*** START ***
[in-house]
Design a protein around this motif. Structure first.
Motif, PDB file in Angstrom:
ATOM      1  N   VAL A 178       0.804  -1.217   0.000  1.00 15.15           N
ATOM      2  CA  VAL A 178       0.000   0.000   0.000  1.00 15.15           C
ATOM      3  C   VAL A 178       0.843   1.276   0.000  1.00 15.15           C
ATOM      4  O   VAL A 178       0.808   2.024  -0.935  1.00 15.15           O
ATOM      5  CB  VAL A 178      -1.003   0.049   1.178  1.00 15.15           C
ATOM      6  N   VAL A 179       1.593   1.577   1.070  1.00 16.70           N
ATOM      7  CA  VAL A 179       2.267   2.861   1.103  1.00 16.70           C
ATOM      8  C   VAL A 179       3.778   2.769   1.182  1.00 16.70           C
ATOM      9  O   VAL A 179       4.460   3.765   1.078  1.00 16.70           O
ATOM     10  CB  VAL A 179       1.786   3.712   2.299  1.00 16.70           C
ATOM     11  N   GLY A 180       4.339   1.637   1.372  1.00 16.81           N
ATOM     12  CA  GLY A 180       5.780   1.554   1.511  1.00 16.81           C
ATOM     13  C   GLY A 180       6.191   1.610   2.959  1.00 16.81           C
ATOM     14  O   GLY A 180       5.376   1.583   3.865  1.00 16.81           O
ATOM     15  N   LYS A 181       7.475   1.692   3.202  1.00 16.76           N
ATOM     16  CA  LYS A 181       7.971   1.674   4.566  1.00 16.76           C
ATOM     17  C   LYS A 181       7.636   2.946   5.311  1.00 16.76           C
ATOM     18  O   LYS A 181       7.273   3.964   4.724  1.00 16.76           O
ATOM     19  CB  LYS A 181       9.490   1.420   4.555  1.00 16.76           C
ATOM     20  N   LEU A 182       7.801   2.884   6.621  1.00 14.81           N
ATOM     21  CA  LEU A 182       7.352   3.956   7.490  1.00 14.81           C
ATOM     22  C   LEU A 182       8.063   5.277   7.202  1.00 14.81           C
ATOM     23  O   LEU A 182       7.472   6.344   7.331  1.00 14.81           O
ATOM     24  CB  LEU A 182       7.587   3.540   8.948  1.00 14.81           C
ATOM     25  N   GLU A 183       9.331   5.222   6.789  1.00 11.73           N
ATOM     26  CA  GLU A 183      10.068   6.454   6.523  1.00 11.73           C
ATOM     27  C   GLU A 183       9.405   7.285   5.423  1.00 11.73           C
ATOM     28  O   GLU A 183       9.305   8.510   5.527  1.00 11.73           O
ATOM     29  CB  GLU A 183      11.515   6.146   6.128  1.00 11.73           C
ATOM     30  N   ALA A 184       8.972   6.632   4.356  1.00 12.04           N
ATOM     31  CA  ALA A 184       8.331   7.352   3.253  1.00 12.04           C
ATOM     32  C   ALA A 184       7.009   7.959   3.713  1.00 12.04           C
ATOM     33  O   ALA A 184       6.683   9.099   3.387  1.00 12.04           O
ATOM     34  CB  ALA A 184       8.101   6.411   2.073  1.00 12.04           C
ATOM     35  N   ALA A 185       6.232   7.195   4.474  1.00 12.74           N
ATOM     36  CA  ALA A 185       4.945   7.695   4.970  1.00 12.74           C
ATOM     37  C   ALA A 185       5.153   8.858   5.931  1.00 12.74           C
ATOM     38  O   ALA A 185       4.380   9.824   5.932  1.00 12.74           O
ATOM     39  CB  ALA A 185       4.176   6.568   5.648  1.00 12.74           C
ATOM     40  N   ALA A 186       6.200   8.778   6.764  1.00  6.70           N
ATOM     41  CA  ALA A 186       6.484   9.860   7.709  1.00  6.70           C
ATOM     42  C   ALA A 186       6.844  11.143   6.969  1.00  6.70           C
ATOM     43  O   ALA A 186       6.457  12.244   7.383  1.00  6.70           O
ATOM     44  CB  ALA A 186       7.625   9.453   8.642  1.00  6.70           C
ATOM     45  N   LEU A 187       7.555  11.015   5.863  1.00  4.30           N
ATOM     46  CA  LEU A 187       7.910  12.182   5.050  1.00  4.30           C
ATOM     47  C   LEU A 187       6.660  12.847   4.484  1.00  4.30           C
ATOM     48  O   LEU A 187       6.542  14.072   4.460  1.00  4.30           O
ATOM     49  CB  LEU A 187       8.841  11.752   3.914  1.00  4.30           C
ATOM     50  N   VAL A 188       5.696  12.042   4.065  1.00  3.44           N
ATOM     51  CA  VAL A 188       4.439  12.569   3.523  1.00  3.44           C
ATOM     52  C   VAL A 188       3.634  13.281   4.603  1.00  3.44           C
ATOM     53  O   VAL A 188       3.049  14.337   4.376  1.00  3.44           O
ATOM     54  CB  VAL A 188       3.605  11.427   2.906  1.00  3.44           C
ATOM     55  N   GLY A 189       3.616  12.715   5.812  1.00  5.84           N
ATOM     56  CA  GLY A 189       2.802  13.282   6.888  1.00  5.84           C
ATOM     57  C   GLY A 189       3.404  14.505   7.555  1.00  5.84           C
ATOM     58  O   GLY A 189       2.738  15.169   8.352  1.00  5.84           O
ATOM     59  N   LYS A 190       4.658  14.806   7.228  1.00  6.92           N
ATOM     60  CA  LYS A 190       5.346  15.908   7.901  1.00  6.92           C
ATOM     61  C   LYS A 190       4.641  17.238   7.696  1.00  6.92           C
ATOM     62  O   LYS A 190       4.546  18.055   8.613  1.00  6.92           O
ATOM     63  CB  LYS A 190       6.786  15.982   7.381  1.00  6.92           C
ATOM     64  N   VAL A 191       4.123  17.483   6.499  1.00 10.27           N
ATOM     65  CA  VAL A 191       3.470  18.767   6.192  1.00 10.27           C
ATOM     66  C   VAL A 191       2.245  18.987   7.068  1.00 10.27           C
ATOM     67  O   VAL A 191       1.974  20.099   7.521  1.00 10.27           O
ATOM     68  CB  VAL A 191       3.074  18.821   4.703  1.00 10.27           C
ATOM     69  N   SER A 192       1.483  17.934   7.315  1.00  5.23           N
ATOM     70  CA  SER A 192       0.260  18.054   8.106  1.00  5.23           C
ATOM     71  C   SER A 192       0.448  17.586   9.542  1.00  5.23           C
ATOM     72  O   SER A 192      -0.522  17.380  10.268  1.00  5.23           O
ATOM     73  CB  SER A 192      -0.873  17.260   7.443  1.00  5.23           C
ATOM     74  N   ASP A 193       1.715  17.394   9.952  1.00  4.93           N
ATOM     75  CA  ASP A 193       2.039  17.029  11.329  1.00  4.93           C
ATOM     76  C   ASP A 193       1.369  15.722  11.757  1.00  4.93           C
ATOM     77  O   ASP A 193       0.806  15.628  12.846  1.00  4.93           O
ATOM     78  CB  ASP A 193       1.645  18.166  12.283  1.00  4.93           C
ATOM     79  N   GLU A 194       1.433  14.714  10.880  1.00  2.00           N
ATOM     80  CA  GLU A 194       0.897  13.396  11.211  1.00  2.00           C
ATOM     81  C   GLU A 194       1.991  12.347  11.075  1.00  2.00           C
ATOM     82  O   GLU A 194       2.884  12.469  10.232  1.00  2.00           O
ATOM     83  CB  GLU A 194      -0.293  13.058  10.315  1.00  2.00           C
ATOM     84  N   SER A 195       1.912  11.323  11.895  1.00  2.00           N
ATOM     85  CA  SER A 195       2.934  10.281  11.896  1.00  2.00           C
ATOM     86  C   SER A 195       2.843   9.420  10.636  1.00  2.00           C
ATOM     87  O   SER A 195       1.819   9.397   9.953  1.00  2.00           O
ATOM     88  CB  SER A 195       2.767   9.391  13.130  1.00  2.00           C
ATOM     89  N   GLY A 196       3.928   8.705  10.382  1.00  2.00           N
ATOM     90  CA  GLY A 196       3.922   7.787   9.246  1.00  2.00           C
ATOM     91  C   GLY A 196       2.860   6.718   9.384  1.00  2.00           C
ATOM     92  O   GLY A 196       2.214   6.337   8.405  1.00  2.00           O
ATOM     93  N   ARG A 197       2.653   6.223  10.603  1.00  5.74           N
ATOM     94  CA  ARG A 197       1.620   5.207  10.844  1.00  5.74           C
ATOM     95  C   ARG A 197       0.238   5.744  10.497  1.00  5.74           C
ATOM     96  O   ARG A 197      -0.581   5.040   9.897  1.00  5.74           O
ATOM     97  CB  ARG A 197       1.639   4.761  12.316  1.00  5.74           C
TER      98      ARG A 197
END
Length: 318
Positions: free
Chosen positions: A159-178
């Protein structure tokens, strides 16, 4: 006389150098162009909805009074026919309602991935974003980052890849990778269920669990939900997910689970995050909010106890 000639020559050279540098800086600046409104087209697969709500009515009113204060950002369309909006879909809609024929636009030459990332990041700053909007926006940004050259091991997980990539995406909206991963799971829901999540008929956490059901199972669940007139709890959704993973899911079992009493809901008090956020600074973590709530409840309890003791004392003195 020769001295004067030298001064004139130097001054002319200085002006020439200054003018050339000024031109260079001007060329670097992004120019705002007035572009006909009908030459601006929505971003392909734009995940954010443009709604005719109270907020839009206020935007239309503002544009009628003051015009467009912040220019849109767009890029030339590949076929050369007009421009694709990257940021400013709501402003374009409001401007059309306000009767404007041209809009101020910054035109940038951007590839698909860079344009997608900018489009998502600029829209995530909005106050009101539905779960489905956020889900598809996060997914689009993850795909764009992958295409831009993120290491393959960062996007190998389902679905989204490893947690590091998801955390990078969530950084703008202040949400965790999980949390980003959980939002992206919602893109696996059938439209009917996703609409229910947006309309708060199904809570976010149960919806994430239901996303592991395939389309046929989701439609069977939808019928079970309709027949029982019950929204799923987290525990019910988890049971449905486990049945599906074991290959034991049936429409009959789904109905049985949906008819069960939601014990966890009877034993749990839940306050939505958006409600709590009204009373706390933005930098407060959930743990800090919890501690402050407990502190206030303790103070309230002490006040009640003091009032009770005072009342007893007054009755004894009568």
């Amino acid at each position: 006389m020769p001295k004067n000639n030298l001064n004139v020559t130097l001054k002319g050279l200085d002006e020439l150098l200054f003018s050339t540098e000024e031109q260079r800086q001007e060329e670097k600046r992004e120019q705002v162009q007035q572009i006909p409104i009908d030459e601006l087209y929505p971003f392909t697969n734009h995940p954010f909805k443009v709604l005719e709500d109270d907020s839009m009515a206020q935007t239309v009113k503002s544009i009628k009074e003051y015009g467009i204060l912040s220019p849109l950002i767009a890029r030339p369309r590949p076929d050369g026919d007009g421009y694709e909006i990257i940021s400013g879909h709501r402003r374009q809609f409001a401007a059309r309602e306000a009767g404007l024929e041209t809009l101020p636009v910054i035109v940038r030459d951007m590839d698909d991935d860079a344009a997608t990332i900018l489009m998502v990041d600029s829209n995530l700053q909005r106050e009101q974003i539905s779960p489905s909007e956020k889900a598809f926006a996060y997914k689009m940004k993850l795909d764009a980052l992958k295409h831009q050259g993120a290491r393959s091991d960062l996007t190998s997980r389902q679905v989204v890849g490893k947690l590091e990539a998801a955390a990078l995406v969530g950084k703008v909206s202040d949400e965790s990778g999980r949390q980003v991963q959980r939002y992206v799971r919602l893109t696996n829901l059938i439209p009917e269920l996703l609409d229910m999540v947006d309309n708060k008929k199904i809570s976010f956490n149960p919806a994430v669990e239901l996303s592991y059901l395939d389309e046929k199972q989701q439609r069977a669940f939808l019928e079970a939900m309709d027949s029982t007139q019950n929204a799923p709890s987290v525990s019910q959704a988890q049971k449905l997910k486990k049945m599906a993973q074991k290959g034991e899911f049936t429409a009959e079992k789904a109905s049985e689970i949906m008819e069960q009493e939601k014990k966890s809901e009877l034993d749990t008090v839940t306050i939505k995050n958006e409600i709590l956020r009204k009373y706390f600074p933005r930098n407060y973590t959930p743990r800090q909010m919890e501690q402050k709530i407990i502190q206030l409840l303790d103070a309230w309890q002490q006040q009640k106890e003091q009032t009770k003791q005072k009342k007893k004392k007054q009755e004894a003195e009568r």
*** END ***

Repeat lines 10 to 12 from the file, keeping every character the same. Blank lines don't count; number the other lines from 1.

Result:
ATOM      7  CA  VAL A 179       2.267   2.861   1.103  1.00 16.70           C
ATOM      8  C   VAL A 179       3.778   2.769   1.182  1.00 16.70           C
ATOM      9  O   VAL A 179       4.460   3.765   1.078  1.00 16.70           O